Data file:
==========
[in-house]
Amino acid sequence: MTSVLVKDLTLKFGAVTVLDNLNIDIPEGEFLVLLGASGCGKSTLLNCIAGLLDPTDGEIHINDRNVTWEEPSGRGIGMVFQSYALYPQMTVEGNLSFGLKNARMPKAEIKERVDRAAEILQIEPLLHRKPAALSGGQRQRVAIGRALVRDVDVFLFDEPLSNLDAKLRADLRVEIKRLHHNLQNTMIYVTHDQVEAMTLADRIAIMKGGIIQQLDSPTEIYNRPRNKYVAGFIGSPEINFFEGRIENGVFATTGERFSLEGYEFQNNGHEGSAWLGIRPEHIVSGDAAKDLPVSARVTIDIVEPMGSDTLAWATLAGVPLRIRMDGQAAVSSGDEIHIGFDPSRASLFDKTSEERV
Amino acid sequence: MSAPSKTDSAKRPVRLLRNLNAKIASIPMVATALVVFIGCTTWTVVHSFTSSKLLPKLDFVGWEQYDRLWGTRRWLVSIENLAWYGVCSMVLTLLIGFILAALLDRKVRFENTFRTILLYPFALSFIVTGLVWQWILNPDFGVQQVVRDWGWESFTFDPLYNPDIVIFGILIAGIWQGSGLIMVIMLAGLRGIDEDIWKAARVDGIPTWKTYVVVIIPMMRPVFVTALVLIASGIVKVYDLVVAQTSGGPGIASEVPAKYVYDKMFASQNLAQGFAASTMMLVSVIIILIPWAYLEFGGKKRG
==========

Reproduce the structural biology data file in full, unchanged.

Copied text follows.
[in-house]
Amino acid sequence: MTSVLVKDLTLKFGAVTVLDNLNIDIPEGEFLVLLGASGCGKSTLLNCIAGLLDPTDGEIHINDRNVTWEEPSGRGIGMVFQSYALYPQMTVEGNLSFGLKNARMPKAEIKERVDRAAEILQIEPLLHRKPAALSGGQRQRVAIGRALVRDVDVFLFDEPLSNLDAKLRADLRVEIKRLHHNLQNTMIYVTHDQVEAMTLADRIAIMKGGIIQQLDSPTEIYNRPRNKYVAGFIGSPEINFFEGRIENGVFATTGERFSLEGYEFQNNGHEGSAWLGIRPEHIVSGDAAKDLPVSARVTIDIVEPMGSDTLAWATLAGVPLRIRMDGQAAVSSGDEIHIGFDPSRASLFDKTSEERV
Amino acid sequence: MSAPSKTDSAKRPVRLLRNLNAKIASIPMVATALVVFIGCTTWTVVHSFTSSKLLPKLDFVGWEQYDRLWGTRRWLVSIENLAWYGVCSMVLTLLIGFILAALLDRKVRFENTFRTILLYPFALSFIVTGLVWQWILNPDFGVQQVVRDWGWESFTFDPLYNPDIVIFGILIAGIWQGSGLIMVIMLAGLRGIDEDIWKAARVDGIPTWKTYVVVIIPMMRPVFVTALVLIASGIVKVYDLVVAQTSGGPGIASEVPAKYVYDKMFASQNLAQGFAASTMMLVSVIIILIPWAYLEFGGKKRG